Abstract: Women Geoscientists in Petroleum Industry
Theresa Flynn Schwarzer
Results of recent surveys conducted by the American Geological Institute (AGI) and the Women Geoscientists Committee of the AGI indicate that women geoscientists are underrepresented seriously in the petroleum industry despite the fact that industry is the largest employer of earth scientists. Although the petroleum industry employs about 21,000 male geologists (about 55 percent of all geoscientists), they employ only about 120 women which is less than 0.4 percent of all geoscientists and only 0.6 percent of geoscientists in the petroleum industry. This percentage is considerably below the 4 percent representation of women in geoscience overall. In a survey of petroleum companies, seven majors were found to employ about half of all women geoscientists in industry. Women g oscientists are underrepresented particularly in research and development, production, and consulting work, and are virtually absent from management ranks.
The overall median-salary differentials between men and women geoscientists in industry are among the largest of all employer types (including academia and government). In 1970, the median salary of women in industry was $5,500 less than that of men. In 1974, the margin increased to a salary deficit of $7,600. Many factors influence these dollar differentials, not the least of which is the experience factor (the median age of women in industry is 30). However, substantial dollar differences exist between comparable work-experience groups, and the salary deficit actually increases with years of experience.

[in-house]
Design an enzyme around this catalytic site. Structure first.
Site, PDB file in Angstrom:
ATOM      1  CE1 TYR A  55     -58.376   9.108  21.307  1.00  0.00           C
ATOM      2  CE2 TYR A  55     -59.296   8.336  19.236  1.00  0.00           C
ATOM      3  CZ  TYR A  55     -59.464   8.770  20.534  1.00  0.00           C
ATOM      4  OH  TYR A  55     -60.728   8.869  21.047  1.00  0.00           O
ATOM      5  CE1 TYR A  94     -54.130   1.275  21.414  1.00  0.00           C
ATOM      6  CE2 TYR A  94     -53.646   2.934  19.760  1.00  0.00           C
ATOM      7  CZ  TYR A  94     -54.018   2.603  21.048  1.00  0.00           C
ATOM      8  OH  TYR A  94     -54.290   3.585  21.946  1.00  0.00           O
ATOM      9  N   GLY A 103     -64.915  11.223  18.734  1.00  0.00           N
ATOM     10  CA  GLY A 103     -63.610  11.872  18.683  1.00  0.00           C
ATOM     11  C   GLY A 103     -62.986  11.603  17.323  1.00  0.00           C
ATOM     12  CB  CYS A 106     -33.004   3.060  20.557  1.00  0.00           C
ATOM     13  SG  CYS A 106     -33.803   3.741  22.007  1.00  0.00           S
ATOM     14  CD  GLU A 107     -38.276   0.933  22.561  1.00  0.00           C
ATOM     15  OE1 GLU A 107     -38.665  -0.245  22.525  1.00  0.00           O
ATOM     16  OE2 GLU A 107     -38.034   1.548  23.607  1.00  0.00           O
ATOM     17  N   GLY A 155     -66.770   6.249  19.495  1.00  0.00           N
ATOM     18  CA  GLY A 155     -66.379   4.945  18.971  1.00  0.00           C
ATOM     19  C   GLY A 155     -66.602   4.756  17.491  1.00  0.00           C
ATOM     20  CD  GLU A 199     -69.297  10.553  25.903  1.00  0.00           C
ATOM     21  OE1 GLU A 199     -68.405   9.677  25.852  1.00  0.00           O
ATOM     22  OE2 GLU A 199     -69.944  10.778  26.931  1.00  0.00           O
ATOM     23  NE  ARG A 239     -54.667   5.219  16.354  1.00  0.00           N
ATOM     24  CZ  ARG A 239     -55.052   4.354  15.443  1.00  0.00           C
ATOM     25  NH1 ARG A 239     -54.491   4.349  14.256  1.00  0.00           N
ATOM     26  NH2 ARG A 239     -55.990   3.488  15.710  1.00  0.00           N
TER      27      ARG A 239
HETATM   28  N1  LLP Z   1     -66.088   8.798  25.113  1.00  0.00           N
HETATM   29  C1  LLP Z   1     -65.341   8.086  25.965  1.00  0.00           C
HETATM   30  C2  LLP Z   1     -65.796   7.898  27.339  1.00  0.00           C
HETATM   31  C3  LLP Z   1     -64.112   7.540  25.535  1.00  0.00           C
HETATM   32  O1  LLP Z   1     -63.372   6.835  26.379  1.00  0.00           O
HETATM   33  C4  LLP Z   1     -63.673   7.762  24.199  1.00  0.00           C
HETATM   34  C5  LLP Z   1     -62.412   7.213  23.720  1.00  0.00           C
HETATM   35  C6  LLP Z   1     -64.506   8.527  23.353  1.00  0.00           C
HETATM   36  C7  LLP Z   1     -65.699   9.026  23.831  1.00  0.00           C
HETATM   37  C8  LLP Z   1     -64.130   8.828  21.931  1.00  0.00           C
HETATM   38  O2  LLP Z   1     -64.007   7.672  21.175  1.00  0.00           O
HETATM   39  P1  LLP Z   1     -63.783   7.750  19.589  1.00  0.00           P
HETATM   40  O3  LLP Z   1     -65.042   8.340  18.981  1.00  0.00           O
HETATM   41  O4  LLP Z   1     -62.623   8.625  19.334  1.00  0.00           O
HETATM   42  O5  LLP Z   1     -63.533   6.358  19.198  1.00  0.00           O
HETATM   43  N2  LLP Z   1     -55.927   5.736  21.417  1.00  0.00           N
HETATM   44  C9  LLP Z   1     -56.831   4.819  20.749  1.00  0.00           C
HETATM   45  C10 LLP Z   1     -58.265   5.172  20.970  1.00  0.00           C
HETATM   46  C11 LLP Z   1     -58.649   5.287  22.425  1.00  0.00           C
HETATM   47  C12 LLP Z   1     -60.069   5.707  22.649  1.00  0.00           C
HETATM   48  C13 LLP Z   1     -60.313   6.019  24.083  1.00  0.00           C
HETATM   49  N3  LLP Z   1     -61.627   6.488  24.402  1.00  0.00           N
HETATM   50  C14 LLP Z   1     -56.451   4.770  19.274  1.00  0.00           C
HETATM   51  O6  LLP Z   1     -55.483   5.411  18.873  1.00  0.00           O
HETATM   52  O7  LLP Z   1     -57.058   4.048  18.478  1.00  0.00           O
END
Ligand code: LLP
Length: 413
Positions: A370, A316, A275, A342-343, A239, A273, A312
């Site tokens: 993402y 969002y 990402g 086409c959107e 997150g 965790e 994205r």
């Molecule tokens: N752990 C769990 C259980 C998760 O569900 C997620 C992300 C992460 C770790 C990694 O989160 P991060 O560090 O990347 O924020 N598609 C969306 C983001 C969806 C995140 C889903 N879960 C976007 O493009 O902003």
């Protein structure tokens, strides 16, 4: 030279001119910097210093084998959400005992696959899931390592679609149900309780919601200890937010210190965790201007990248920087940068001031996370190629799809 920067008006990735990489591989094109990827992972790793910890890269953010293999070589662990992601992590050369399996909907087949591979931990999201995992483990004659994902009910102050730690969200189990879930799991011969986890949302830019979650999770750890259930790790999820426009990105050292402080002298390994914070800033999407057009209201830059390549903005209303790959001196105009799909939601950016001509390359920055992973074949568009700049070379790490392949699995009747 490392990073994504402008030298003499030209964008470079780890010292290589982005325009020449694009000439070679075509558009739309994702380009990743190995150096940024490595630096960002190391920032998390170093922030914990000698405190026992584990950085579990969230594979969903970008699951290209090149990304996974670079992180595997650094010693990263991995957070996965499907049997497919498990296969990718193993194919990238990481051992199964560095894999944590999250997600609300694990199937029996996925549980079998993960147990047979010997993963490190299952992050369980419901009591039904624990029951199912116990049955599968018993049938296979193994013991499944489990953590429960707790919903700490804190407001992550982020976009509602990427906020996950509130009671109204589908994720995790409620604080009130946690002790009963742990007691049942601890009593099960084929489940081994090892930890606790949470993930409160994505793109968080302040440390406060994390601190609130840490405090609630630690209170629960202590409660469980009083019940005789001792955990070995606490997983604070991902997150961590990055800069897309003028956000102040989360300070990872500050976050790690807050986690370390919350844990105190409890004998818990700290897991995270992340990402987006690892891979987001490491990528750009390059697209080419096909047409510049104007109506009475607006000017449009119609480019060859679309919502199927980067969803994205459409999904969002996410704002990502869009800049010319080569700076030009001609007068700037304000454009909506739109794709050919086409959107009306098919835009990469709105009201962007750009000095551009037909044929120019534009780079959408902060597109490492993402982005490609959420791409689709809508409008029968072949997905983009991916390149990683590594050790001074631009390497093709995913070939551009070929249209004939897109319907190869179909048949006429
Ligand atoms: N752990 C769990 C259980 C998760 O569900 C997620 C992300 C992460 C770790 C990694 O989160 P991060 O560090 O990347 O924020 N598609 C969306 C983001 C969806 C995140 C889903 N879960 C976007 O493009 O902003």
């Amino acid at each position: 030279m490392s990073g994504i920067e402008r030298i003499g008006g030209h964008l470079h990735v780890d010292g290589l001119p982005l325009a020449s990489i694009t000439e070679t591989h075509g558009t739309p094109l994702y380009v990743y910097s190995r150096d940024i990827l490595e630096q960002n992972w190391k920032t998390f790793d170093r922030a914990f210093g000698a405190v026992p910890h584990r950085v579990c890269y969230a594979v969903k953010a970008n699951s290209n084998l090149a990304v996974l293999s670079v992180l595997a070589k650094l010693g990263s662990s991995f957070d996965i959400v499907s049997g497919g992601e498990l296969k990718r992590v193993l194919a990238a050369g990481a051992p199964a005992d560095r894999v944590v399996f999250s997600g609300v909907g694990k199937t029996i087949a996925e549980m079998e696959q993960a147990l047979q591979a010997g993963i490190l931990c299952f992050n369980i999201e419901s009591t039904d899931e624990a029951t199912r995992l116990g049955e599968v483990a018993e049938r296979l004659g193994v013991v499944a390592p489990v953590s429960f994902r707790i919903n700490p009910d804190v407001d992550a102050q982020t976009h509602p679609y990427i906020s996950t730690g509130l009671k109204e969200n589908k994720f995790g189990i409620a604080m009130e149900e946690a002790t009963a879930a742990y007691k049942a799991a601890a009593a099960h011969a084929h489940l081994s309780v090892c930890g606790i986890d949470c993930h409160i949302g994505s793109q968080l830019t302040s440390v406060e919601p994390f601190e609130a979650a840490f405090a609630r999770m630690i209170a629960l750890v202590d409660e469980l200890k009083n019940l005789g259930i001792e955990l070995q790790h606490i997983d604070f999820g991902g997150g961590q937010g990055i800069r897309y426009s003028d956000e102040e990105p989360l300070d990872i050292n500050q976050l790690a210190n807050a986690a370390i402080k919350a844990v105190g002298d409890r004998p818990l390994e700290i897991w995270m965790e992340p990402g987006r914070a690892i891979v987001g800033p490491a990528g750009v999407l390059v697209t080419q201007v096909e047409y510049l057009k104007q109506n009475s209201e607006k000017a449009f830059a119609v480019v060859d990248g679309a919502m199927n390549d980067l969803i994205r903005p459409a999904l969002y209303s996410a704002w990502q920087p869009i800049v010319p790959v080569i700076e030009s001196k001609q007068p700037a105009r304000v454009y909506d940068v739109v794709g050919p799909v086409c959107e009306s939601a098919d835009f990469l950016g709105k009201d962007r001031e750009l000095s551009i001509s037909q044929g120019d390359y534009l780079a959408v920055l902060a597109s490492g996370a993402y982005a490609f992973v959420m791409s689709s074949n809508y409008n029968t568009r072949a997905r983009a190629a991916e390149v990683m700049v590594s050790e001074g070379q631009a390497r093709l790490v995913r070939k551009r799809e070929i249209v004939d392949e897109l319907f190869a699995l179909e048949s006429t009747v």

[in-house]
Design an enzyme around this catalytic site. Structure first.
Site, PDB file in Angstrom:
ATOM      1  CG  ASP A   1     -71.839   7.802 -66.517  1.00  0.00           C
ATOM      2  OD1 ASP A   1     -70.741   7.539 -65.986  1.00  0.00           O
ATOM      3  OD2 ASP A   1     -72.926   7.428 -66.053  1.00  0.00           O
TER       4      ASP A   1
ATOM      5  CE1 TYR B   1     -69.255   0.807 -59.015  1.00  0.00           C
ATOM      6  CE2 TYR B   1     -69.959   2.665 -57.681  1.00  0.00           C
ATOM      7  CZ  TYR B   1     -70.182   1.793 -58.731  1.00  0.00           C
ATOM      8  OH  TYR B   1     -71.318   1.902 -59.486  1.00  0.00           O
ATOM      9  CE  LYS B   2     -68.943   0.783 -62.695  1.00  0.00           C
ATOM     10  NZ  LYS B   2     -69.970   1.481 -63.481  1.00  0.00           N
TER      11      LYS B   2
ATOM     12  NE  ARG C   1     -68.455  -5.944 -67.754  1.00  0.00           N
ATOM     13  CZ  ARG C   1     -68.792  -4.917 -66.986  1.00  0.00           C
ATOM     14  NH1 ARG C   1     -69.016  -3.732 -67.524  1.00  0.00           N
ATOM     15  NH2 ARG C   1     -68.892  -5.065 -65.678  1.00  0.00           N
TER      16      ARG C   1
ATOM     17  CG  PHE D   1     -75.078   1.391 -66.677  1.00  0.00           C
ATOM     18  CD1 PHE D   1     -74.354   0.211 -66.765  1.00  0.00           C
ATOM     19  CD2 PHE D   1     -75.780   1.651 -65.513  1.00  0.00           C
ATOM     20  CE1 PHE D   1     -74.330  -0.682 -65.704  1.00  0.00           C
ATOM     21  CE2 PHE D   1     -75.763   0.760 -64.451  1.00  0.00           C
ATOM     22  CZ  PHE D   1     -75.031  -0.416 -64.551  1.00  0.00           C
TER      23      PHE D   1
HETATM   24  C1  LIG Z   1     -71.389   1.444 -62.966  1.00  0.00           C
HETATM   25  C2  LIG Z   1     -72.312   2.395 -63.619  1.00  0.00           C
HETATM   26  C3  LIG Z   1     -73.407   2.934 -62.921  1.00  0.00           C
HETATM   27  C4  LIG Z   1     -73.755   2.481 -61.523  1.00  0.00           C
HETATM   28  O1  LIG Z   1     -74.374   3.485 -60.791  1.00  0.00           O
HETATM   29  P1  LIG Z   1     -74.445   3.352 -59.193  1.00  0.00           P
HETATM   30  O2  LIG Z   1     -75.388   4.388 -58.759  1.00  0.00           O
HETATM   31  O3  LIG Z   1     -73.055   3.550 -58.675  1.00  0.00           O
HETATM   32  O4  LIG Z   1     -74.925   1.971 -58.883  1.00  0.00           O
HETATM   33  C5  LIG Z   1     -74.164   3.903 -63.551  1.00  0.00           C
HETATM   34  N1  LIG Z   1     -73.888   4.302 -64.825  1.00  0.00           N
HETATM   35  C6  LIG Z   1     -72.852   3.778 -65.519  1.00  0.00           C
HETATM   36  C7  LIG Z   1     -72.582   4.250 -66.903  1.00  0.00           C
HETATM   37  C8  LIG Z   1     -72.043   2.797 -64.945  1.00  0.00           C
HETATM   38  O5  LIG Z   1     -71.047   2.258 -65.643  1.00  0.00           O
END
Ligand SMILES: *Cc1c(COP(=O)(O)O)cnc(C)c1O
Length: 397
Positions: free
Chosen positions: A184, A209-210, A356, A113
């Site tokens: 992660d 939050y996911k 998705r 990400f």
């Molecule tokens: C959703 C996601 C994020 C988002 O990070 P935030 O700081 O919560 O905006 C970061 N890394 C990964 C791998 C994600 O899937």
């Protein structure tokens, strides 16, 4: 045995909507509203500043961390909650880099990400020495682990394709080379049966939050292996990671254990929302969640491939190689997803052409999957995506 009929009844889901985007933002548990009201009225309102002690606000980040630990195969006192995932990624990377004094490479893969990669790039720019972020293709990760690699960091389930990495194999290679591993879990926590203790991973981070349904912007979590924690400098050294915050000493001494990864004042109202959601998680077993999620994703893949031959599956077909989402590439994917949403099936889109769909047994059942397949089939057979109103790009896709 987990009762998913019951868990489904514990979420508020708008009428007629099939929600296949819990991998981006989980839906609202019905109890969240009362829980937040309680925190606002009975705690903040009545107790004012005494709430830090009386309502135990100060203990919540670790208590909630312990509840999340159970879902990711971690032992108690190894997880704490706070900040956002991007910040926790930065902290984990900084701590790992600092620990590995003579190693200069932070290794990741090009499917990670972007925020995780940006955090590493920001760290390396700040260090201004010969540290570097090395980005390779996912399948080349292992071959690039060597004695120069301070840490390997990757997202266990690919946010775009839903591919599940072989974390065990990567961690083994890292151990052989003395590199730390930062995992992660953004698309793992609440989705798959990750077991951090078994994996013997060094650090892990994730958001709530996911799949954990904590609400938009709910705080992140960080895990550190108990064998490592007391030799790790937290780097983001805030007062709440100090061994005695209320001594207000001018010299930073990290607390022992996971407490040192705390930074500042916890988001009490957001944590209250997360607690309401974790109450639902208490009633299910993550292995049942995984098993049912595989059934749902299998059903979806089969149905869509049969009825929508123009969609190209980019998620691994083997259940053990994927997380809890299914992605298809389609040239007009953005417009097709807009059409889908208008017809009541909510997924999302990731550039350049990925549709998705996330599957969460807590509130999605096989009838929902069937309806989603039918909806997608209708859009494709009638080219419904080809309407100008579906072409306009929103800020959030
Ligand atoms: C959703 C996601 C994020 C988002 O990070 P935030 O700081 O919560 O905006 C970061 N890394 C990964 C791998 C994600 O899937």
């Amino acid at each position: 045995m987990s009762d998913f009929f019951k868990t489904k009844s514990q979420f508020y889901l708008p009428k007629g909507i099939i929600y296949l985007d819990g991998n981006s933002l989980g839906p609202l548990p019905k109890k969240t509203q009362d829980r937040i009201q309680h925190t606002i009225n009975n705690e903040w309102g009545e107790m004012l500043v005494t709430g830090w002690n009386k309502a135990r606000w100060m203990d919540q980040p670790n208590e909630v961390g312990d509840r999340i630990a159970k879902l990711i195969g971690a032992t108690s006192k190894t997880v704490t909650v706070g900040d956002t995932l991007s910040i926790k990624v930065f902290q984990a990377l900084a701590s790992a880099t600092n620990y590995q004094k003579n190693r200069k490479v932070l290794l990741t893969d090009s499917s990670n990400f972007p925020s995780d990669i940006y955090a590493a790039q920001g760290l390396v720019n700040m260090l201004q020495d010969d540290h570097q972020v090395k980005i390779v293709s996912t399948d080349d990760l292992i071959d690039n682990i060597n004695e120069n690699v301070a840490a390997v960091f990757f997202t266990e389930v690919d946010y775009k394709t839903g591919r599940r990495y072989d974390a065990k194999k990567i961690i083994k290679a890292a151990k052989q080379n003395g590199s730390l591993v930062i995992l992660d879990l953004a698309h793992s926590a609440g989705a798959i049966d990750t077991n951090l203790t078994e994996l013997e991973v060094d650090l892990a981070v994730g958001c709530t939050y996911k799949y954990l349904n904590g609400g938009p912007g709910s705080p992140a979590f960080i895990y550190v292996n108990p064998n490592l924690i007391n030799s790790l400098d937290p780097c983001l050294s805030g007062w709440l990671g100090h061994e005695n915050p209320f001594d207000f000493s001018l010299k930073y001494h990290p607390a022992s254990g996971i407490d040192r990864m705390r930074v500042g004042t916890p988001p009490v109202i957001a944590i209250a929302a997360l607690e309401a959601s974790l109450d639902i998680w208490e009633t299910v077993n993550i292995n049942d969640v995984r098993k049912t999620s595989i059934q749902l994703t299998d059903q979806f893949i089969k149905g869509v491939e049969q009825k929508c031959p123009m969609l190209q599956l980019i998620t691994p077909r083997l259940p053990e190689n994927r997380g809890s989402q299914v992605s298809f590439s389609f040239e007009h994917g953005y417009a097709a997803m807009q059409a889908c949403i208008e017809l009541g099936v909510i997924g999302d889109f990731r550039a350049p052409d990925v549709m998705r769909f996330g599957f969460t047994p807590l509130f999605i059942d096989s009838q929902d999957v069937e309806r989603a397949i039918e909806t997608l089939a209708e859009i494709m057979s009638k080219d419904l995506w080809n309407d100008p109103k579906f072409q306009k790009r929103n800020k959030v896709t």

The number of women entering geosciences is increasing rapidly. In 1973, women received 15 percent of the bachelor's degrees, 11 percent of the master's degrees, and 4 percent of the doctoral degrees. Currently women comprise 18.5 percent of geoscience undergraduates, 14 percent of master's candidates, and 11 percent doctoral candidates. As their numbers are increasing, the status of women in industry is changing. Industrial attitudes toward the hiring and advancement of women are softening, and starting salaries are improving, particularly among the major companies.
AAPG Search and Discovery Article #90972©1976 AAPG-SEPM Annual Convention and Exhibition, New Orleans, LA